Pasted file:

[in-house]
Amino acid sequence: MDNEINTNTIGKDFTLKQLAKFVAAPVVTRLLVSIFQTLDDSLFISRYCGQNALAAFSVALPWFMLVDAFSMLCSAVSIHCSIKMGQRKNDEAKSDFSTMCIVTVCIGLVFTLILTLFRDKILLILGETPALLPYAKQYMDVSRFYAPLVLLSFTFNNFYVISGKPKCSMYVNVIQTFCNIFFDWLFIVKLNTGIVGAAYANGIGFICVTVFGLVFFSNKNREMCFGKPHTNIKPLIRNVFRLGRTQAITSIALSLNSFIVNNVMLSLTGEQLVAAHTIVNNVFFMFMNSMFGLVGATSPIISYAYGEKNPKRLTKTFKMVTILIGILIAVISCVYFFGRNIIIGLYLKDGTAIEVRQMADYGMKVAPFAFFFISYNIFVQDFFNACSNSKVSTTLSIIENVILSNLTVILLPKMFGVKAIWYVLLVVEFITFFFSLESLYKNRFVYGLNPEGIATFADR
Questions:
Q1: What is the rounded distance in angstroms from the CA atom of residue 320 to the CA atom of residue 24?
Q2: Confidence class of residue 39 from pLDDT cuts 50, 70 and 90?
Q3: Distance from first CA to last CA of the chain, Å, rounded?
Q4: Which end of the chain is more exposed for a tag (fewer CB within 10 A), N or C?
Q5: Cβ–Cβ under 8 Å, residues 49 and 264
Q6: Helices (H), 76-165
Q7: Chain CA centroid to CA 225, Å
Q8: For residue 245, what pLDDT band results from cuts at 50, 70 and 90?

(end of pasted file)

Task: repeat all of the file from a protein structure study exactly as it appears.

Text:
[in-house]
Amino acid sequence: MDNEINTNTIGKDFTLKQLAKFVAAPVVTRLLVSIFQTLDDSLFISRYCGQNALAAFSVALPWFMLVDAFSMLCSAVSIHCSIKMGQRKNDEAKSDFSTMCIVTVCIGLVFTLILTLFRDKILLILGETPALLPYAKQYMDVSRFYAPLVLLSFTFNNFYVISGKPKCSMYVNVIQTFCNIFFDWLFIVKLNTGIVGAAYANGIGFICVTVFGLVFFSNKNREMCFGKPHTNIKPLIRNVFRLGRTQAITSIALSLNSFIVNNVMLSLTGEQLVAAHTIVNNVFFMFMNSMFGLVGATSPIISYAYGEKNPKRLTKTFKMVTILIGILIAVISCVYFFGRNIIIGLYLKDGTAIEVRQMADYGMKVAPFAFFFISYNIFVQDFFNACSNSKVSTTLSIIENVILSNLTVILLPKMFGVKAIWYVLLVVEFITFFFSLESLYKNRFVYGLNPEGIATFADR
Questions:
Q1: What is the rounded distance in angstroms from the CA atom of residue 320 to the CA atom of residue 24?
Q2: Confidence class of residue 39 from pLDDT cuts 50, 70 and 90?
Q3: Distance from first CA to last CA of the chain, Å, rounded?
Q4: Which end of the chain is more exposed for a tag (fewer CB within 10 A), N or C?
Q5: Cβ–Cβ under 8 Å, residues 49 and 264
Q6: Helices (H), 76-165
Q7: Chain CA centroid to CA 225, Å
Q8: For residue 245, what pLDDT band results from cuts at 50, 70 and 90?